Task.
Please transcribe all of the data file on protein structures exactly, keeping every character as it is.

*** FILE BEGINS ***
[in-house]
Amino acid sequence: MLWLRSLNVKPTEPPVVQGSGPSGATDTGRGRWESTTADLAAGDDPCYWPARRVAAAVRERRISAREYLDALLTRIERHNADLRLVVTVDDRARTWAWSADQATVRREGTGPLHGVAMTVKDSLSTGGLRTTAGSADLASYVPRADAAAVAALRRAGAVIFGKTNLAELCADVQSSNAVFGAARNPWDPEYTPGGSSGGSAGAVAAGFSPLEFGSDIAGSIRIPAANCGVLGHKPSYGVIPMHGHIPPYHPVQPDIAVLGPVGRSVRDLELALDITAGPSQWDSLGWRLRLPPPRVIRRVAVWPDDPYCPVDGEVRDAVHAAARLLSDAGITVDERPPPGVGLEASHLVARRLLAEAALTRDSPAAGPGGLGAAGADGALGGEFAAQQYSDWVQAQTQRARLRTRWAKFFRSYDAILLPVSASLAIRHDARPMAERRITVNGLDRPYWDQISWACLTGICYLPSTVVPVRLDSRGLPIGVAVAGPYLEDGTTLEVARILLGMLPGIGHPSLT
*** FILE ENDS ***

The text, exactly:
[in-house]
Amino acid sequence: MLWLRSLNVKPTEPPVVQGSGPSGATDTGRGRWESTTADLAAGDDPCYWPARRVAAAVRERRISAREYLDALLTRIERHNADLRLVVTVDDRARTWAWSADQATVRREGTGPLHGVAMTVKDSLSTGGLRTTAGSADLASYVPRADAAAVAALRRAGAVIFGKTNLAELCADVQSSNAVFGAARNPWDPEYTPGGSSGGSAGAVAAGFSPLEFGSDIAGSIRIPAANCGVLGHKPSYGVIPMHGHIPPYHPVQPDIAVLGPVGRSVRDLELALDITAGPSQWDSLGWRLRLPPPRVIRRVAVWPDDPYCPVDGEVRDAVHAAARLLSDAGITVDERPPPGVGLEASHLVARRLLAEAALTRDSPAAGPGGLGAAGADGALGGEFAAQQYSDWVQAQTQRARLRTRWAKFFRSYDAILLPVSASLAIRHDARPMAERRITVNGLDRPYWDQISWACLTGICYLPSTVVPVRLDSRGLPIGVAVAGPYLEDGTTLEVARILLGMLPGIGHPSLT